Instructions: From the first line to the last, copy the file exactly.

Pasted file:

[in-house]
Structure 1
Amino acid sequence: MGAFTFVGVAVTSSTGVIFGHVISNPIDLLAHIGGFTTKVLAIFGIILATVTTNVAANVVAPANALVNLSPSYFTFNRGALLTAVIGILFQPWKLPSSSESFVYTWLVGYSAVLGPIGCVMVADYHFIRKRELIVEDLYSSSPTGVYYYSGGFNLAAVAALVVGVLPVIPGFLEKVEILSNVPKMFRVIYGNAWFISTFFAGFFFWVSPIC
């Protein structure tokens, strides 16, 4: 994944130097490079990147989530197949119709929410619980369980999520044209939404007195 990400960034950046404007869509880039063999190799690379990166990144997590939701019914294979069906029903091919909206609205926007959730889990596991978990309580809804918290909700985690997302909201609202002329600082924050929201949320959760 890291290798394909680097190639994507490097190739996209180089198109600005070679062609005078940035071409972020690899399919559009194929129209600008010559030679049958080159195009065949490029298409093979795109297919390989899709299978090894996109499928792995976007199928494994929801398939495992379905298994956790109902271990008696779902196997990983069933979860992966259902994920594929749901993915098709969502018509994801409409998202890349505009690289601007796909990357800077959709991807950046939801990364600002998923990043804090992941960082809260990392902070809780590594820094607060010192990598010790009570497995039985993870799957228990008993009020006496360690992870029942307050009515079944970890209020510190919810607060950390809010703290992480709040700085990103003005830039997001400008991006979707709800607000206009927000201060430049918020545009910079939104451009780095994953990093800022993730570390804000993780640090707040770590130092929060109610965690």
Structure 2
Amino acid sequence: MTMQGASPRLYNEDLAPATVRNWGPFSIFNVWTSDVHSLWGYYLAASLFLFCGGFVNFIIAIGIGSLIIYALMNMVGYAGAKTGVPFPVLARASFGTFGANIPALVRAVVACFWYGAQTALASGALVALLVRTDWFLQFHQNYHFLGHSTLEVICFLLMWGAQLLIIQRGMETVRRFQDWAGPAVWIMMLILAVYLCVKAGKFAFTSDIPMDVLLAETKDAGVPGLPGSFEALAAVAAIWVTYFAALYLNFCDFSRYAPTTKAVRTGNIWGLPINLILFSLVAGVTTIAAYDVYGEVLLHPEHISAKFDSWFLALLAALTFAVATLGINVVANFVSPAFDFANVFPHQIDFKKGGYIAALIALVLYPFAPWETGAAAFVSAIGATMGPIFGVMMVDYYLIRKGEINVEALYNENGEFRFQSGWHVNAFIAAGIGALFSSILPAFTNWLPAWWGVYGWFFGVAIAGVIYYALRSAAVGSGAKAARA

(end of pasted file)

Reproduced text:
[in-house]
Structure 1
Amino acid sequence: MGAFTFVGVAVTSSTGVIFGHVISNPIDLLAHIGGFTTKVLAIFGIILATVTTNVAANVVAPANALVNLSPSYFTFNRGALLTAVIGILFQPWKLPSSSESFVYTWLVGYSAVLGPIGCVMVADYHFIRKRELIVEDLYSSSPTGVYYYSGGFNLAAVAALVVGVLPVIPGFLEKVEILSNVPKMFRVIYGNAWFISTFFAGFFFWVSPIC
């Protein structure tokens, strides 16, 4: 994944130097490079990147989530197949119709929410619980369980999520044209939404007195 990400960034950046404007869509880039063999190799690379990166990144997590939701019914294979069906029903091919909206609205926007959730889990596991978990309580809804918290909700985690997302909201609202002329600082924050929201949320959760 890291290798394909680097190639994507490097190739996209180089198109600005070679062609005078940035071409972020690899399919559009194929129209600008010559030679049958080159195009065949490029298409093979795109297919390989899709299978090894996109499928792995976007199928494994929801398939495992379905298994956790109902271990008696779902196997990983069933979860992966259902994920594929749901993915098709969502018509994801409409998202890349505009690289601007796909990357800077959709991807950046939801990364600002998923990043804090992941960082809260990392902070809780590594820094607060010192990598010790009570497995039985993870799957228990008993009020006496360690992870029942307050009515079944970890209020510190919810607060950390809010703290992480709040700085990103003005830039997001400008991006979707709800607000206009927000201060430049918020545009910079939104451009780095994953990093800022993730570390804000993780640090707040770590130092929060109610965690």
Structure 2
Amino acid sequence: MTMQGASPRLYNEDLAPATVRNWGPFSIFNVWTSDVHSLWGYYLAASLFLFCGGFVNFIIAIGIGSLIIYALMNMVGYAGAKTGVPFPVLARASFGTFGANIPALVRAVVACFWYGAQTALASGALVALLVRTDWFLQFHQNYHFLGHSTLEVICFLLMWGAQLLIIQRGMETVRRFQDWAGPAVWIMMLILAVYLCVKAGKFAFTSDIPMDVLLAETKDAGVPGLPGSFEALAAVAAIWVTYFAALYLNFCDFSRYAPTTKAVRTGNIWGLPINLILFSLVAGVTTIAAYDVYGEVLLHPEHISAKFDSWFLALLAALTFAVATLGINVVANFVSPAFDFANVFPHQIDFKKGGYIAALIALVLYPFAPWETGAAAFVSAIGATMGPIFGVMMVDYYLIRKGEINVEALYNENGEFRFQSGWHVNAFIAAGIGALFSSILPAFTNWLPAWWGVYGWFFGVAIAGVIYYALRSAAVGSGAKAARA